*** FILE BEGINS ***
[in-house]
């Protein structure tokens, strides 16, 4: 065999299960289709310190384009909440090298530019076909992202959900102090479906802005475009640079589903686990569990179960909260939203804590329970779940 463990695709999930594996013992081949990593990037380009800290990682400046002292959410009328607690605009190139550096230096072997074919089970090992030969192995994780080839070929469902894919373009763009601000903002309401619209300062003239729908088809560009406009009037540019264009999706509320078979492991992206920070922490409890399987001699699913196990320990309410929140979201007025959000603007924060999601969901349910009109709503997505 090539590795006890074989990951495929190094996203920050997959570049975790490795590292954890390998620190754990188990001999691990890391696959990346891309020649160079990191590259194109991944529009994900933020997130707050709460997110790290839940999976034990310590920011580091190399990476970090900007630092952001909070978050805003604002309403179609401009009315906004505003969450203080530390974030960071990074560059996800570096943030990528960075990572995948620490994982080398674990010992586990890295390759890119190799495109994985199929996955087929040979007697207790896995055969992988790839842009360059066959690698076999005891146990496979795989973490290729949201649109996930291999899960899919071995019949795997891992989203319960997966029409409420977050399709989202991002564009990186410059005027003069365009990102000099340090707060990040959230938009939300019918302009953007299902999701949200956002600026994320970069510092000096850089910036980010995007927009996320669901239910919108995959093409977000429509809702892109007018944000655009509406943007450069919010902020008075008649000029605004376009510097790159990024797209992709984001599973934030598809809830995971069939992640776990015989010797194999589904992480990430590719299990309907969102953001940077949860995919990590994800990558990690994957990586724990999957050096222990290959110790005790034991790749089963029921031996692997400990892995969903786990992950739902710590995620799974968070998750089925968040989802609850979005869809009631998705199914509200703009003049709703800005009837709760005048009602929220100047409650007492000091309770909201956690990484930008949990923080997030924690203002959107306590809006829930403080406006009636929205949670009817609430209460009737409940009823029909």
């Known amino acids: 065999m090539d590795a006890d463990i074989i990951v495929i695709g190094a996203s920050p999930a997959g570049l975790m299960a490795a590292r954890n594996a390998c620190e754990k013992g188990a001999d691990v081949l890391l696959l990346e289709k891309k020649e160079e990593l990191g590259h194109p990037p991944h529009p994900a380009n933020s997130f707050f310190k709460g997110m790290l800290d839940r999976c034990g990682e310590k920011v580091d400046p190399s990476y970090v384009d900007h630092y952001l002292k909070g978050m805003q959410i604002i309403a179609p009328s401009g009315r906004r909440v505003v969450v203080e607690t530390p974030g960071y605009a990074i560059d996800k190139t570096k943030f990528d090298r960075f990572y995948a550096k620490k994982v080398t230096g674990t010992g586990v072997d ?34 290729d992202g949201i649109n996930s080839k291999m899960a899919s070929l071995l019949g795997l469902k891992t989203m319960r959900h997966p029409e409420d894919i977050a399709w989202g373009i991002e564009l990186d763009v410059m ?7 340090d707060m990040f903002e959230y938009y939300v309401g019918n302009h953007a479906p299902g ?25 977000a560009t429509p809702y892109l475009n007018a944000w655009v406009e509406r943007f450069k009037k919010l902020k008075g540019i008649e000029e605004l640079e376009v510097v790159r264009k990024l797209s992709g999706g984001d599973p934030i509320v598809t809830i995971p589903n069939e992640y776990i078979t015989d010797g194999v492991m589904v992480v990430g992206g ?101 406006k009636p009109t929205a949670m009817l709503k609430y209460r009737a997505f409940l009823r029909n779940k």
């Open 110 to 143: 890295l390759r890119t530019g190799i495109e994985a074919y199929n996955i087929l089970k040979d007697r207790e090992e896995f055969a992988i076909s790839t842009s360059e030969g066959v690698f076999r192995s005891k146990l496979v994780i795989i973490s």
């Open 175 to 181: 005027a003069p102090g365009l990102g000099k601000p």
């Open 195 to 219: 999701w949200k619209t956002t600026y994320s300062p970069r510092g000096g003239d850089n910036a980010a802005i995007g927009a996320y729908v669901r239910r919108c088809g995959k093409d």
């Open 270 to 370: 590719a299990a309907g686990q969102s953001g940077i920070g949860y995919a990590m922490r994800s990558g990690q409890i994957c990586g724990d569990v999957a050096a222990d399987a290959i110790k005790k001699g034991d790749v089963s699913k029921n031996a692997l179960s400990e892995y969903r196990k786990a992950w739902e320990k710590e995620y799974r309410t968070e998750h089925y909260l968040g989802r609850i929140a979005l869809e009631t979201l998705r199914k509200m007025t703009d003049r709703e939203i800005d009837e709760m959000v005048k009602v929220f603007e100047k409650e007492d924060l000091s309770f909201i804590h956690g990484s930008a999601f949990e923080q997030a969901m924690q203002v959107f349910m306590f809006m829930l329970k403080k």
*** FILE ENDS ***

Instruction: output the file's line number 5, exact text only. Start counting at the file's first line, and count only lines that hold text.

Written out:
């Open 175 to 181: 005027a003069p102090g365009l990102g000099k601000p």